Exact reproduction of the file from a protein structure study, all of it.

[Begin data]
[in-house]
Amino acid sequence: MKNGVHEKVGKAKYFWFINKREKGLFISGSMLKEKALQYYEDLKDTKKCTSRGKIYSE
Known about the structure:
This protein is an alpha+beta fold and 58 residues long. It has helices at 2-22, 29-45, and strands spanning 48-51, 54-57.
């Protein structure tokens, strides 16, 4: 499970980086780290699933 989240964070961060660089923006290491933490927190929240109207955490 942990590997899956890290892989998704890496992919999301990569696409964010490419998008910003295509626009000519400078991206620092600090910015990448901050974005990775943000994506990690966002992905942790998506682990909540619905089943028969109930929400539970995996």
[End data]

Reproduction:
[in-house]
Amino acid sequence: MKNGVHEKVGKAKYFWFINKREKGLFISGSMLKEKALQYYEDLKDTKKCTSRGKIYSE
Known about the structure:
This protein is an alpha+beta fold and 58 residues long. It has helices at 2-22, 29-45, and strands spanning 48-51, 54-57.
């Protein structure tokens, strides 16, 4: 499970980086780290699933 989240964070961060660089923006290491933490927190929240109207955490 942990590997899956890290892989998704890496992919999301990569696409964010490419998008910003295509626009000519400078991206620092600090910015990448901050974005990775943000994506990690966002992905942790998506682990909540619905089943028969109930929400539970995996």